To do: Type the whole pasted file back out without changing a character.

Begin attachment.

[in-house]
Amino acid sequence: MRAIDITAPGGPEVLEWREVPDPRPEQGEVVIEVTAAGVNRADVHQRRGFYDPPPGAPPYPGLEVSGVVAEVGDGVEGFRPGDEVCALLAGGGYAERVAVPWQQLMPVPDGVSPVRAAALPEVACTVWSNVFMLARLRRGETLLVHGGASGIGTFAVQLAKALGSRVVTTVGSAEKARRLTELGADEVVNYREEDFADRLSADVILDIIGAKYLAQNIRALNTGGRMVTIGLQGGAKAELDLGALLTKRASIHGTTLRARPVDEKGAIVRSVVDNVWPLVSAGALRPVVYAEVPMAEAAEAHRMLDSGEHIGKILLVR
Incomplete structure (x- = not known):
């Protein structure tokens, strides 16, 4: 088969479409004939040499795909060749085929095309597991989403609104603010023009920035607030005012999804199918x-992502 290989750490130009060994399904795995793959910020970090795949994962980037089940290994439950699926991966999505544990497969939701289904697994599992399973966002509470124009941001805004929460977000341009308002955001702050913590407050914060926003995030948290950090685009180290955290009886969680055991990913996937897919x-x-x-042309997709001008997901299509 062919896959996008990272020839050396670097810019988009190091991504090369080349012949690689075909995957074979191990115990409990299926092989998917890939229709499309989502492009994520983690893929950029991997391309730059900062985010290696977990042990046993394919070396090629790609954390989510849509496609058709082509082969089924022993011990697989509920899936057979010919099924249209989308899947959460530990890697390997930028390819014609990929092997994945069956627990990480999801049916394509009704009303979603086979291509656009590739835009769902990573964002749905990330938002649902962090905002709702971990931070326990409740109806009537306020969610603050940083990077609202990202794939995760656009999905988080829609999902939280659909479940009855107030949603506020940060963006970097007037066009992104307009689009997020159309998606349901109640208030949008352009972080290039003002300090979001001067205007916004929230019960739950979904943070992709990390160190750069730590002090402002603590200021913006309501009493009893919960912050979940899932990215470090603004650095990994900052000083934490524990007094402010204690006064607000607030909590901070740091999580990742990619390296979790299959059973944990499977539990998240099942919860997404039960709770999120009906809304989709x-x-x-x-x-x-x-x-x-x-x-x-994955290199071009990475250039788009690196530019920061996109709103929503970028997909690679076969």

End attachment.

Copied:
[in-house]
Amino acid sequence: MRAIDITAPGGPEVLEWREVPDPRPEQGEVVIEVTAAGVNRADVHQRRGFYDPPPGAPPYPGLEVSGVVAEVGDGVEGFRPGDEVCALLAGGGYAERVAVPWQQLMPVPDGVSPVRAAALPEVACTVWSNVFMLARLRRGETLLVHGGASGIGTFAVQLAKALGSRVVTTVGSAEKARRLTELGADEVVNYREEDFADRLSADVILDIIGAKYLAQNIRALNTGGRMVTIGLQGGAKAELDLGALLTKRASIHGTTLRARPVDEKGAIVRSVVDNVWPLVSAGALRPVVYAEVPMAEAAEAHRMLDSGEHIGKILLVR
Incomplete structure (x- = not known):
């Protein structure tokens, strides 16, 4: 088969479409004939040499795909060749085929095309597991989403609104603010023009920035607030005012999804199918x-992502 290989750490130009060994399904795995793959910020970090795949994962980037089940290994439950699926991966999505544990497969939701289904697994599992399973966002509470124009941001805004929460977000341009308002955001702050913590407050914060926003995030948290950090685009180290955290009886969680055991990913996937897919x-x-x-042309997709001008997901299509 062919896959996008990272020839050396670097810019988009190091991504090369080349012949690689075909995957074979191990115990409990299926092989998917890939229709499309989502492009994520983690893929950029991997391309730059900062985010290696977990042990046993394919070396090629790609954390989510849509496609058709082509082969089924022993011990697989509920899936057979010919099924249209989308899947959460530990890697390997930028390819014609990929092997994945069956627990990480999801049916394509009704009303979603086979291509656009590739835009769902990573964002749905990330938002649902962090905002709702971990931070326990409740109806009537306020969610603050940083990077609202990202794939995760656009999905988080829609999902939280659909479940009855107030949603506020940060963006970097007037066009992104307009689009997020159309998606349901109640208030949008352009972080290039003002300090979001001067205007916004929230019960739950979904943070992709990390160190750069730590002090402002603590200021913006309501009493009893919960912050979940899932990215470090603004650095990994900052000083934490524990007094402010204690006064607000607030909590901070740091999580990742990619390296979790299959059973944990499977539990998240099942919860997404039960709770999120009906809304989709x-x-x-x-x-x-x-x-x-x-x-x-994955290199071009990475250039788009690196530019920061996109709103929503970028997909690679076969």